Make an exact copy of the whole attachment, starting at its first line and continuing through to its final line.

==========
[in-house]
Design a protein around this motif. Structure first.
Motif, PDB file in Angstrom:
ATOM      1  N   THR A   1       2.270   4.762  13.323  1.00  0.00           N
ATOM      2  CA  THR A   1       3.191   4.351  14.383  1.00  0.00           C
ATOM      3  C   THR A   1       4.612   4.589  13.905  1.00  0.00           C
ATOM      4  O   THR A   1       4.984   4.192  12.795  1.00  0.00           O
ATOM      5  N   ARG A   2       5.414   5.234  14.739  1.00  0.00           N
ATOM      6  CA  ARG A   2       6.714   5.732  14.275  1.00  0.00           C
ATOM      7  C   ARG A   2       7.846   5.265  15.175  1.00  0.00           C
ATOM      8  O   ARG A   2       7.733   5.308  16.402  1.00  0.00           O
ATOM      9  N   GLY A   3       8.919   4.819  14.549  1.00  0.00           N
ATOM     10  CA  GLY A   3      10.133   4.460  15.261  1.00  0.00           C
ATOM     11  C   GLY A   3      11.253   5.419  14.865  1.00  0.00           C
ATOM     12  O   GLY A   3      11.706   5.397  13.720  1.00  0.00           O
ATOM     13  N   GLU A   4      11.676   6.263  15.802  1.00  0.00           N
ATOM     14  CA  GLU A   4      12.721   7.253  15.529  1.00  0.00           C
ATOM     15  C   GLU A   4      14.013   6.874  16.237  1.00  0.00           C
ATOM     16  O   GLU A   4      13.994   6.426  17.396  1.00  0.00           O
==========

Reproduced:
[in-house]
Design a protein around this motif. Structure first.
Motif, PDB file in Angstrom:
ATOM      1  N   THR A   1       2.270   4.762  13.323  1.00  0.00           N
ATOM      2  CA  THR A   1       3.191   4.351  14.383  1.00  0.00           C
ATOM      3  C   THR A   1       4.612   4.589  13.905  1.00  0.00           C
ATOM      4  O   THR A   1       4.984   4.192  12.795  1.00  0.00           O
ATOM      5  N   ARG A   2       5.414   5.234  14.739  1.00  0.00           N
ATOM      6  CA  ARG A   2       6.714   5.732  14.275  1.00  0.00           C
ATOM      7  C   ARG A   2       7.846   5.265  15.175  1.00  0.00           C
ATOM      8  O   ARG A   2       7.733   5.308  16.402  1.00  0.00           O
ATOM      9  N   GLY A   3       8.919   4.819  14.549  1.00  0.00           N
ATOM     10  CA  GLY A   3      10.133   4.460  15.261  1.00  0.00           C
ATOM     11  C   GLY A   3      11.253   5.419  14.865  1.00  0.00           C
ATOM     12  O   GLY A   3      11.706   5.397  13.720  1.00  0.00           O
ATOM     13  N   GLU A   4      11.676   6.263  15.802  1.00  0.00           N
ATOM     14  CA  GLU A   4      12.721   7.253  15.529  1.00  0.00           C
ATOM     15  C   GLU A   4      14.013   6.874  16.237  1.00  0.00           C
ATOM     16  O   GLU A   4      13.994   6.426  17.396  1.00  0.00           O